Defense Advanced Research Projects AgencyTagged Content List

Inverting Cost Equation

Imposing higher costs on adversaries

Showing 20 results for Cost + Manufacturing RSS
01/01/1980

In the late 1970's, DARPA initiated a program with Lockheed Space Systems Division to develop the technology of welding aluminum-lithium alloys, which would combine high stiffness with low density and therefore lower weight. At the time, no one understood how to prepare these materials for welding and how to control impurities in the metals and welding process. Such control would be critical for producing materials repeatedly with predictable behavior and performance.

Within 18 months, metallurgists at Lockheed had developed the welding techniques for the 80/90 Al/Li alloy and applied it to the construction of space hardware. One of the most impressive structures made from this material was the Titan missile payload adapter, which was 14 feet in diameter and 17 feet high and fabricated from 3" thick metal plate. By using this alloy, a 10% weight saving was achieved compared to the prior incarnation of that rocket components. The weight savings translated into millions of dollars at cost savings when it came to delivering hardware to obit. This material system made it into classified DoD applications as well. Lockheed scaled the process up to 400,000 lb/year of Al-Li alloys for the next four years.

09/14/2015
The manufacturing process for defense systems—from aircraft to vehicles to ships—is extremely complex and fragmented, often demanding unique materials and processes, complex certification requirements and specifications, and specialized tools and equipment. The almost inevitable result: lengthy production timelines and high costs. The manufacture of diverse small parts for military systems could be made simpler, faster, and less expensive with the development of a tailorable composite feedstock material and a single tailorable forming method.
09/13/2017
With the official roll out of the Electronics Resurgence Initiative’s latest investments today, DARPA hopes to open new innovation pathways to address impending engineering and economics challenges that, if left unanswered, could challenge what has been a relentless half-century run of progress in microelectronics technology. To maintain healthy forward momentum, the ERI over the next four years will commit hundreds of millions of dollars to nurture research in advanced new materials, circuit design tools, and system architectures. In addition to a half-dozen or so existing DARPA programs, and the largest program in the U.S. that funds basic electronics research at universities,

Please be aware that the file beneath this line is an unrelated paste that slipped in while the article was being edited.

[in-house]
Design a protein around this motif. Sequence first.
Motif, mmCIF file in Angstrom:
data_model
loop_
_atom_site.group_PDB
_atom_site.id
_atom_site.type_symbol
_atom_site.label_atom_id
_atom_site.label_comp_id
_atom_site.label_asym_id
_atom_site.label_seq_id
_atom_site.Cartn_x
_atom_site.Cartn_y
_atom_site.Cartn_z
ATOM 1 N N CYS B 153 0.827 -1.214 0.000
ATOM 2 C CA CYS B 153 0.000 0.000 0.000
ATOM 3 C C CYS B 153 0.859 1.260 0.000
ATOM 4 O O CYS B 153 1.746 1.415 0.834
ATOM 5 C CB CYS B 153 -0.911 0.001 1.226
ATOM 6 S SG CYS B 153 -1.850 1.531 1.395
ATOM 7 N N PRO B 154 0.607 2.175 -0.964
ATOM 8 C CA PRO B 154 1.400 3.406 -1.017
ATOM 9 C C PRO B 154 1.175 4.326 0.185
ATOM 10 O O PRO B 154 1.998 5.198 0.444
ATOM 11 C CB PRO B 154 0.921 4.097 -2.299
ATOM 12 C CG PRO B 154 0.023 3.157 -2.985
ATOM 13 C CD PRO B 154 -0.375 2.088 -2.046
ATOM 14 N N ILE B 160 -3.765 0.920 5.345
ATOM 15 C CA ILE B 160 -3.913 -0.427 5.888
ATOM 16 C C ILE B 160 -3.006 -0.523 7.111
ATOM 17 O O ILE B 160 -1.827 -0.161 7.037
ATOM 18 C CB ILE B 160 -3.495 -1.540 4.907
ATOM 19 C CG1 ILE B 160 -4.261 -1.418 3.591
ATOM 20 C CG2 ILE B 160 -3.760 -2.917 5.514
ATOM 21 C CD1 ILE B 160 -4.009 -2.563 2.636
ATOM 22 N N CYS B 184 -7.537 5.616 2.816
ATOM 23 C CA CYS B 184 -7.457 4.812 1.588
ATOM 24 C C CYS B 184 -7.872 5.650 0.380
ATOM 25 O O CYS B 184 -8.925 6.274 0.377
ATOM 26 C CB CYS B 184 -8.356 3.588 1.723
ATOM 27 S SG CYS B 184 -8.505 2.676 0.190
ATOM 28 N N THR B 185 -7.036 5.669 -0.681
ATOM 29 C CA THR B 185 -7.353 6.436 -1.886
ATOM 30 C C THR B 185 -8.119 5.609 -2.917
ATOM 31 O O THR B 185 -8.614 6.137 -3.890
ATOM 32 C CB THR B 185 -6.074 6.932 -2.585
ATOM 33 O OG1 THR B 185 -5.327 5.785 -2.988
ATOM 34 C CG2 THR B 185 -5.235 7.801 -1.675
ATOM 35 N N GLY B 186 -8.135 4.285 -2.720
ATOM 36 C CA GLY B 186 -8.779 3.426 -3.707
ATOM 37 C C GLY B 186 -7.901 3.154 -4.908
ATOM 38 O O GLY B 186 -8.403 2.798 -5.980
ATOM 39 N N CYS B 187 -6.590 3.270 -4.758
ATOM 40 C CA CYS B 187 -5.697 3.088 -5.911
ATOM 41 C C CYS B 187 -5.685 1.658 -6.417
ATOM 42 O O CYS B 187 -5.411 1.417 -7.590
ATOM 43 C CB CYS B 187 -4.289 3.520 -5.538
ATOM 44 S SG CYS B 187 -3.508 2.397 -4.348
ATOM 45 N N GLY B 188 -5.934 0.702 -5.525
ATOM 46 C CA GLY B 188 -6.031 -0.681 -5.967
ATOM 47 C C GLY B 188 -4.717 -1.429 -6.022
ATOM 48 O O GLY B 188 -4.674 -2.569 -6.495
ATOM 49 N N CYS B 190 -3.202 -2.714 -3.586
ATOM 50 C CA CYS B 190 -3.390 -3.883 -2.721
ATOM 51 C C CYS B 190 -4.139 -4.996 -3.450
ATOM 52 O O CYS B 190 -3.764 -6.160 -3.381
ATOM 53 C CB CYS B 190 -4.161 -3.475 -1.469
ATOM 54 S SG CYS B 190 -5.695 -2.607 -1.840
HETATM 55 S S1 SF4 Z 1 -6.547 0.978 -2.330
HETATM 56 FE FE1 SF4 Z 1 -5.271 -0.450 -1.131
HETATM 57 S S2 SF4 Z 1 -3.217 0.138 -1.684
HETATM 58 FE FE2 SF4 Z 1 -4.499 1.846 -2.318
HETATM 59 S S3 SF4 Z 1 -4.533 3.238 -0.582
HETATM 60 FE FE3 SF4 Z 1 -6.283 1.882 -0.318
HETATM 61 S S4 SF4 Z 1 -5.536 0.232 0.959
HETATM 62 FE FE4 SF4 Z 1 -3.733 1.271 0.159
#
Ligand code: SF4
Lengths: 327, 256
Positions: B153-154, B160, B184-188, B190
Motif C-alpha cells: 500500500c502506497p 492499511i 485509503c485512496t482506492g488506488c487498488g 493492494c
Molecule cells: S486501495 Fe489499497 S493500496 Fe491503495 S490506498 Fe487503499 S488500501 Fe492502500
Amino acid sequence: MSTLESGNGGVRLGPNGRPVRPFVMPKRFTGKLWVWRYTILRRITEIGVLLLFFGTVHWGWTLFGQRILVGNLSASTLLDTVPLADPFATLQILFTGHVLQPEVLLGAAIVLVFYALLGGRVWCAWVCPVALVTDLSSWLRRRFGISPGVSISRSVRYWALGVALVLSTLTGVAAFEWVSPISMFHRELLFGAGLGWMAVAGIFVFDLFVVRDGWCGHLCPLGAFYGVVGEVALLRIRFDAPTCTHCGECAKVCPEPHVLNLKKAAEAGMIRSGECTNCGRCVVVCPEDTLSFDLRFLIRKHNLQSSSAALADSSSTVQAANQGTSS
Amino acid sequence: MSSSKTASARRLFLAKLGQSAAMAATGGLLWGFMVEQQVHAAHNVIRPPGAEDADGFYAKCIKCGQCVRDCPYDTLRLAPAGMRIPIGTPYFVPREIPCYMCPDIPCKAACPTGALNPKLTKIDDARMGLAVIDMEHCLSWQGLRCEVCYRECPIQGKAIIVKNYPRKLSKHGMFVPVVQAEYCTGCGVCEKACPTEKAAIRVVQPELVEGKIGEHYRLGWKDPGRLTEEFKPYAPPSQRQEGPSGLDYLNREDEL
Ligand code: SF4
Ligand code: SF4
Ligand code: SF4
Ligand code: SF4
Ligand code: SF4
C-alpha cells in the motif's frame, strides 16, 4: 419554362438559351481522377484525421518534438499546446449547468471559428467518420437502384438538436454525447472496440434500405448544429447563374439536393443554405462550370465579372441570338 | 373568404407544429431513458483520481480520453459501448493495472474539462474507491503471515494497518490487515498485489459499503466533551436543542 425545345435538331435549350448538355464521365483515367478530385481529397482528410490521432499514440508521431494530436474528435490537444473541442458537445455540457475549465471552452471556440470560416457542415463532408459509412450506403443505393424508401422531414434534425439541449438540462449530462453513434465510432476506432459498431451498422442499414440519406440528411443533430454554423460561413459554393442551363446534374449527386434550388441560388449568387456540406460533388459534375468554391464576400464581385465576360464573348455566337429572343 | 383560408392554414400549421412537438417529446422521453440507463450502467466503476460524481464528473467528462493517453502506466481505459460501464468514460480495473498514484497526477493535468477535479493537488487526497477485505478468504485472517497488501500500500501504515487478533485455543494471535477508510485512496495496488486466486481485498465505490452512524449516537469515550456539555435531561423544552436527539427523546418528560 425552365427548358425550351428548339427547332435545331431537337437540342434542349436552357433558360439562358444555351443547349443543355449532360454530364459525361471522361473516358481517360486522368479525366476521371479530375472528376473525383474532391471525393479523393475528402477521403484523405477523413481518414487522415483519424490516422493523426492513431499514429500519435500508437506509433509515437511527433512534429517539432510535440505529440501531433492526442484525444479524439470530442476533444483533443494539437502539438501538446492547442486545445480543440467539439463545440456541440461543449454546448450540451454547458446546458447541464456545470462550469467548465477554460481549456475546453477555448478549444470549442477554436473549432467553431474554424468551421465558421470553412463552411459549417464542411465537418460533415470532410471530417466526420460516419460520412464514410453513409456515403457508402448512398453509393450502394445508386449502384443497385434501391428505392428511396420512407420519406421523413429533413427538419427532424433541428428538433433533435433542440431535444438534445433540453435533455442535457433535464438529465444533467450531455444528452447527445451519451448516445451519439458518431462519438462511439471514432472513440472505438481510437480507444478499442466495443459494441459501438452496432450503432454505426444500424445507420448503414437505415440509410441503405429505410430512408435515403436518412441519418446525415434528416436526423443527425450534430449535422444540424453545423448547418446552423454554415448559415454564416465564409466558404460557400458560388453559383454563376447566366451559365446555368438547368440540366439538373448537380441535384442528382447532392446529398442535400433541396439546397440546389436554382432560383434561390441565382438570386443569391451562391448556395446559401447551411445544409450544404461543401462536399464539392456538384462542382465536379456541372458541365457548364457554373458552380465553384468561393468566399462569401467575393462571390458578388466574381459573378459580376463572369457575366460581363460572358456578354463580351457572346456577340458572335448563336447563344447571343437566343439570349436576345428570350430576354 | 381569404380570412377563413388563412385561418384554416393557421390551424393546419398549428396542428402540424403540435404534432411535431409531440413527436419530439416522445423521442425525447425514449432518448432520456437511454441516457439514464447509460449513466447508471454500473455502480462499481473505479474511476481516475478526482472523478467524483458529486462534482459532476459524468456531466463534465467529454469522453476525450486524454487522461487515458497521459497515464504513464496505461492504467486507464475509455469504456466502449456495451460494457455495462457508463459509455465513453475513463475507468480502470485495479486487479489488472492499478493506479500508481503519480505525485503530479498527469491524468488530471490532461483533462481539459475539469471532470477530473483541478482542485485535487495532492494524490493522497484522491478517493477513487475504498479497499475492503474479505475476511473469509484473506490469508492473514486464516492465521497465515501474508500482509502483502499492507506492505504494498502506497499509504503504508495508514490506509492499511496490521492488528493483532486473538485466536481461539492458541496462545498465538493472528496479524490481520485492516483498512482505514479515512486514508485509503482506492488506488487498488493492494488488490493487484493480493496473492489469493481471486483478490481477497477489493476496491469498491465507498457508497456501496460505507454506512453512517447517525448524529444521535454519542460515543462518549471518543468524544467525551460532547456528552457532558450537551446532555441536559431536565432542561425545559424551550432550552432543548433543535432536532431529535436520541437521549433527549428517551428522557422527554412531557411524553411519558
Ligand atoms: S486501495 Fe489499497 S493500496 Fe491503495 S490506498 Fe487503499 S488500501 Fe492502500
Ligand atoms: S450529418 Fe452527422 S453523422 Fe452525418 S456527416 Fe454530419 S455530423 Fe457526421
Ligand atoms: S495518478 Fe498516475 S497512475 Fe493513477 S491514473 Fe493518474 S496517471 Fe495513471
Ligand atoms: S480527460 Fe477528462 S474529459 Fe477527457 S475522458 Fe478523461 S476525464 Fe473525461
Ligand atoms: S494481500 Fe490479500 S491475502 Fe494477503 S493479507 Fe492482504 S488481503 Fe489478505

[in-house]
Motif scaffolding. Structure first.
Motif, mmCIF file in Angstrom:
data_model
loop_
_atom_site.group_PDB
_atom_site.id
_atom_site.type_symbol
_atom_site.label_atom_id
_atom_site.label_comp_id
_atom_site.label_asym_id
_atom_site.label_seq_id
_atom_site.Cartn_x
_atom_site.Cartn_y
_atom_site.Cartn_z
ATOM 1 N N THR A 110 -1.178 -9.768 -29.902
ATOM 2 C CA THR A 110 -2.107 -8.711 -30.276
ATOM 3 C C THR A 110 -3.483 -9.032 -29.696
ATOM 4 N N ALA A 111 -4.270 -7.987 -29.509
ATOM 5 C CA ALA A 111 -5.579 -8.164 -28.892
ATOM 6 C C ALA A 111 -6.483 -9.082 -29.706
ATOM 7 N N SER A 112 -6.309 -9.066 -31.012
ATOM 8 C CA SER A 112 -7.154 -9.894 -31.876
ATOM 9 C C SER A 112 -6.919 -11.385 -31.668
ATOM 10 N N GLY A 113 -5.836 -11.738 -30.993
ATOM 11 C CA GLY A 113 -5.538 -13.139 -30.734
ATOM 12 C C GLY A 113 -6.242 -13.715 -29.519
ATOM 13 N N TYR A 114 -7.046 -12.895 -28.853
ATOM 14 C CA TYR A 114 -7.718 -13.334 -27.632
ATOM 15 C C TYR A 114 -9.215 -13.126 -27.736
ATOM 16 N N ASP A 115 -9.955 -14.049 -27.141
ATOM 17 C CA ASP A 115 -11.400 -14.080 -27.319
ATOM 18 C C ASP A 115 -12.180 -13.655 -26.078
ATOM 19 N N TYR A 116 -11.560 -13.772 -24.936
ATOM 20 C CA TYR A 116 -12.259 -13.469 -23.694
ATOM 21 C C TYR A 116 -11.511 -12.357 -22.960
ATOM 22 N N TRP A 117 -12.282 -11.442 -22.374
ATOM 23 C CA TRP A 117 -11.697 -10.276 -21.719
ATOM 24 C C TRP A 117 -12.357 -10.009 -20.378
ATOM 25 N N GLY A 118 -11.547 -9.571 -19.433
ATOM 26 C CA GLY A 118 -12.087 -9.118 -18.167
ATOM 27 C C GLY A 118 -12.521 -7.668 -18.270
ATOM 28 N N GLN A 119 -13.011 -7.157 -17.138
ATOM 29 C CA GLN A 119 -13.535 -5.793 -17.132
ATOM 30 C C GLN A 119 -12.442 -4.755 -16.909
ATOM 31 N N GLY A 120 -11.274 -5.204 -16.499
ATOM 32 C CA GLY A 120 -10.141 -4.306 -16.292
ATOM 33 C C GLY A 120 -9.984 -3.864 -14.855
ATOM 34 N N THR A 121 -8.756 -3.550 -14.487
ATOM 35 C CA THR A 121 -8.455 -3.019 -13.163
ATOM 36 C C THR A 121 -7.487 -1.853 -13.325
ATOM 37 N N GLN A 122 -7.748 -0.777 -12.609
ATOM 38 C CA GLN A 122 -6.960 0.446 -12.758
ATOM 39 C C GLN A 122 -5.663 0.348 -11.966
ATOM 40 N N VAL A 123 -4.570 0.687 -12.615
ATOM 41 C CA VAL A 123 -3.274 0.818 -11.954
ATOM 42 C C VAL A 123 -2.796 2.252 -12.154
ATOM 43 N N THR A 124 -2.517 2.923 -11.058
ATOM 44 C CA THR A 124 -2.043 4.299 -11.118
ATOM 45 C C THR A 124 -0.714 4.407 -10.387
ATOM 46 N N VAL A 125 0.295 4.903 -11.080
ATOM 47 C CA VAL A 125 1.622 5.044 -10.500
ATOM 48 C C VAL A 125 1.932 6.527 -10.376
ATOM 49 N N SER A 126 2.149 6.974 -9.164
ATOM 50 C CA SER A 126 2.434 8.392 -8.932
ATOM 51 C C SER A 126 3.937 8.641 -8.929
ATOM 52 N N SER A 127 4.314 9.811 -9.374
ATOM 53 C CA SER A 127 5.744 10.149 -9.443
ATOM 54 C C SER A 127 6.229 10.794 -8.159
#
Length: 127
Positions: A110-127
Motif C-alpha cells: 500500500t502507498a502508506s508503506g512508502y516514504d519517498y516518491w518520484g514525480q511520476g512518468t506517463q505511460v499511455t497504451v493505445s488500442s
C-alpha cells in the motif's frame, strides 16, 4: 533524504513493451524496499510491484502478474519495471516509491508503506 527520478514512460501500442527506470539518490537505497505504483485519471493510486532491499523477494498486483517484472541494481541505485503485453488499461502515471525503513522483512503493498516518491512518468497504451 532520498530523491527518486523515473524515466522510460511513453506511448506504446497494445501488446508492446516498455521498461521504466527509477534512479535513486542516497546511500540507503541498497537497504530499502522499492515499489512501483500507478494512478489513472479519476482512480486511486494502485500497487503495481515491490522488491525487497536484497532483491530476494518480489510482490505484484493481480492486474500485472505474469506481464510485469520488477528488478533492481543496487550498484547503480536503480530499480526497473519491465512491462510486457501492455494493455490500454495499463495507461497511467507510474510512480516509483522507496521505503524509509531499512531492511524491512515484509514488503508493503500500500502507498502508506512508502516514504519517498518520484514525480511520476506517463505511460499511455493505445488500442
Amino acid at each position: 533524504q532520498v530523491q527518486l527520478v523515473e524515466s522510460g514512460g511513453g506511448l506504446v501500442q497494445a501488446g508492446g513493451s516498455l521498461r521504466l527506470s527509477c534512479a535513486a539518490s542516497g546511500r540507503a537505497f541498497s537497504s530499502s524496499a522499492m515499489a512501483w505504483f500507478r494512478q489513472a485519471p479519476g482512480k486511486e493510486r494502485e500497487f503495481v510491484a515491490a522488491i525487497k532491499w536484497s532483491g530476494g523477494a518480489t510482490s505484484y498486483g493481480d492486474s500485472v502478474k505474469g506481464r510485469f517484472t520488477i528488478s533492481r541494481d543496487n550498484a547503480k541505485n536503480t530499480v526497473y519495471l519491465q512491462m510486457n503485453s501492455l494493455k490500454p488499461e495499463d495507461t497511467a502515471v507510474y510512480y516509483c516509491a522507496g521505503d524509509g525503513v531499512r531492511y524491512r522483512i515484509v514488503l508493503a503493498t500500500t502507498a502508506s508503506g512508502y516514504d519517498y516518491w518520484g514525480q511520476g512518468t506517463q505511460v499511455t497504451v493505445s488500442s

06/26/2018
First announced in June 2017, DARPA’s Electronics Resurgence Initiative (ERI) is a multi-year, upwards of $1.5 billion investment in jumpstarting innovation and collaboration across the U.S. electronics community to address an array of long foreseen challenges to Moore’s Law. To kickoff this community-wide effort, DARPA is hosting its first annual ERI Summit from July 23-25 in San Francisco, CA. The three-day event will bring together leading voices from across the electronics community–including Alphabet, Applied Materials, Intel, Synopsys, Cadence, Mentor Graphics, NVIDIA, and IBM–to address challenges and opportunities for the next half century of electronics progress.
07/24/2018
A once highly manual process, circuit design has been transformed by the advent of electronic design automation (EDA) tools and modular design methodologies. Despite continuing advances in automation technologies, the demand for increasingly complex System-on-Chip (SoC) platforms has shown no sign of slowing. Today’s SoCs incorporate billions of transistors with miles of electrical wiring that are integrated within a tiny chip.